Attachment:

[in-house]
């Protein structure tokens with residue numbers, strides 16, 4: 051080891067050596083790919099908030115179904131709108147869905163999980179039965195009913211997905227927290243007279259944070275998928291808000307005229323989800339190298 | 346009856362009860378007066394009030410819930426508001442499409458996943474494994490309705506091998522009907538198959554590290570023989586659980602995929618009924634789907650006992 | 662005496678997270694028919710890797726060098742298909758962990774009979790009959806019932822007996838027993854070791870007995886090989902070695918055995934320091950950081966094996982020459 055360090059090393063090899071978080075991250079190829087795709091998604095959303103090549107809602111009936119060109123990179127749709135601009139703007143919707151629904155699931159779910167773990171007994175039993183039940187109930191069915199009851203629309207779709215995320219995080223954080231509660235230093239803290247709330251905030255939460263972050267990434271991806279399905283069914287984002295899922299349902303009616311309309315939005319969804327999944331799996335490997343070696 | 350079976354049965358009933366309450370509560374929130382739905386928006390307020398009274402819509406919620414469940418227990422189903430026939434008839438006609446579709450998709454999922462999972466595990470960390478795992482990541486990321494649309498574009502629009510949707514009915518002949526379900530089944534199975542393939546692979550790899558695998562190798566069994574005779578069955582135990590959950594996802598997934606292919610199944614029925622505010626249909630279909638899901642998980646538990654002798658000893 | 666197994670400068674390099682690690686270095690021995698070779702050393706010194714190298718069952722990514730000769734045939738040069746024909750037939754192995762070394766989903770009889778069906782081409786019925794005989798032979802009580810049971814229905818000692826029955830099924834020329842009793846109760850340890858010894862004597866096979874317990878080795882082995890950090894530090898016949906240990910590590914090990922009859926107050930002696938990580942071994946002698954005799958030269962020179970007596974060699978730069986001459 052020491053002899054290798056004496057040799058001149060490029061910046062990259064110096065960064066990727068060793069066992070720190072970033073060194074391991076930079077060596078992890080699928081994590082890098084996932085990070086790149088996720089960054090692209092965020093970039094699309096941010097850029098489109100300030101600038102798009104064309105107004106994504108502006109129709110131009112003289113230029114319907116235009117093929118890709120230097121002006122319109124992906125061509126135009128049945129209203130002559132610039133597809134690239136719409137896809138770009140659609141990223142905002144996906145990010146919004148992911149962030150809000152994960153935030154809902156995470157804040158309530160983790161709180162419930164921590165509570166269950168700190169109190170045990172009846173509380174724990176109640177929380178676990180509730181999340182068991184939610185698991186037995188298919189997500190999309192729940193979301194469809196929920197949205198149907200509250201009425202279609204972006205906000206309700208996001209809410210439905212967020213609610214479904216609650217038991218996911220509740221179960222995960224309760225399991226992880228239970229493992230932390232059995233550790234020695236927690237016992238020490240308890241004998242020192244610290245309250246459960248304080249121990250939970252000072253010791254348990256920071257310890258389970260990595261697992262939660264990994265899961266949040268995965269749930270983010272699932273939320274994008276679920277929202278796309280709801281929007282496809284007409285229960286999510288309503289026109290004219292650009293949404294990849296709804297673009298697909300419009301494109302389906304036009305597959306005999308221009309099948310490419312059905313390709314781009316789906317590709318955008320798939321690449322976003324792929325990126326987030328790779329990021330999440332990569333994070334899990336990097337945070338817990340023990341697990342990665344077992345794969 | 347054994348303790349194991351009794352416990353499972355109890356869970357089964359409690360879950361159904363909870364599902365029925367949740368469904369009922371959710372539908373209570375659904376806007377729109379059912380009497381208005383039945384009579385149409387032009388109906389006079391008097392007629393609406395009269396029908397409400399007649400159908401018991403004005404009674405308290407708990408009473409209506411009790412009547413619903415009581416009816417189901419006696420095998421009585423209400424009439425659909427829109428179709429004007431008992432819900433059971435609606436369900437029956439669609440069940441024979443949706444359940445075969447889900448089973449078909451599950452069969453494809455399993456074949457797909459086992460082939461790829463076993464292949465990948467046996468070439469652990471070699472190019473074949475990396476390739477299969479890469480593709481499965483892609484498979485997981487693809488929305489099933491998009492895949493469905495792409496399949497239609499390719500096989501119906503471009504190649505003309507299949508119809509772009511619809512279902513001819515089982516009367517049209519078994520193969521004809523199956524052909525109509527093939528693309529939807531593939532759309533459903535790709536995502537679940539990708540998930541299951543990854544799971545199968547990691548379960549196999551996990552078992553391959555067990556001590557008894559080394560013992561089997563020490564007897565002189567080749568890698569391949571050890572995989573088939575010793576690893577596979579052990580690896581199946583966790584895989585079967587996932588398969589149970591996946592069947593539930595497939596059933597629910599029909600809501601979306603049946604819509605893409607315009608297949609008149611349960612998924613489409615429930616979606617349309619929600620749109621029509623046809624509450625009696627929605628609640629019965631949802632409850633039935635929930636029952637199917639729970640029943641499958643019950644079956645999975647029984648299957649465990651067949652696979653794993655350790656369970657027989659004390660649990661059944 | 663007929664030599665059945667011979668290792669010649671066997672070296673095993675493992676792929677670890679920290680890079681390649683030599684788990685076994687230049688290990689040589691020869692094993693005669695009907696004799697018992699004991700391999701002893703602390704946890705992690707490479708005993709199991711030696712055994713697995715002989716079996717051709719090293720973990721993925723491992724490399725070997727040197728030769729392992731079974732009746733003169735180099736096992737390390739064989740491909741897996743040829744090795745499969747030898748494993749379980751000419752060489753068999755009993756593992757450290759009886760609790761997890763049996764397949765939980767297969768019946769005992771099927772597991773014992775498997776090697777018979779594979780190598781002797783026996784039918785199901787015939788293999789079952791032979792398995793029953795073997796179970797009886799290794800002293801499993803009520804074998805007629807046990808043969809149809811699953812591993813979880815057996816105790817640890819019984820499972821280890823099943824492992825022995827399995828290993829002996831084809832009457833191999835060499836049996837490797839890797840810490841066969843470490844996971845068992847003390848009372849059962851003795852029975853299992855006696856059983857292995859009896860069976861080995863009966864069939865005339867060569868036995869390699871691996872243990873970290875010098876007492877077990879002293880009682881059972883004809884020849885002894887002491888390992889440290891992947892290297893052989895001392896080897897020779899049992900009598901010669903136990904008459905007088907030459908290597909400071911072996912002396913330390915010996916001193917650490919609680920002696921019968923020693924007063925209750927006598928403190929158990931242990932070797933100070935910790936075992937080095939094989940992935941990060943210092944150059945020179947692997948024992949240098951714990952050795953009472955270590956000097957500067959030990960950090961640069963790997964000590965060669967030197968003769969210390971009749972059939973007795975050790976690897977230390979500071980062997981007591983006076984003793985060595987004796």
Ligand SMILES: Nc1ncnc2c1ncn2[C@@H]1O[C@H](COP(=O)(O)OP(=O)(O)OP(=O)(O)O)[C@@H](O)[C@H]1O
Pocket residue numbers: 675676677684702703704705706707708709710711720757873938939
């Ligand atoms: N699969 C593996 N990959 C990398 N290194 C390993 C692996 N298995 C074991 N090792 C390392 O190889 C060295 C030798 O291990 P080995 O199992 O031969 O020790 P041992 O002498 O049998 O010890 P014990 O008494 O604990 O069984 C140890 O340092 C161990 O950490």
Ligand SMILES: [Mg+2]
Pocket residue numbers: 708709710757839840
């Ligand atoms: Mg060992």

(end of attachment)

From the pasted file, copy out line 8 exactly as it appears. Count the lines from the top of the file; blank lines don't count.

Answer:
């Ligand atoms: Mg060992």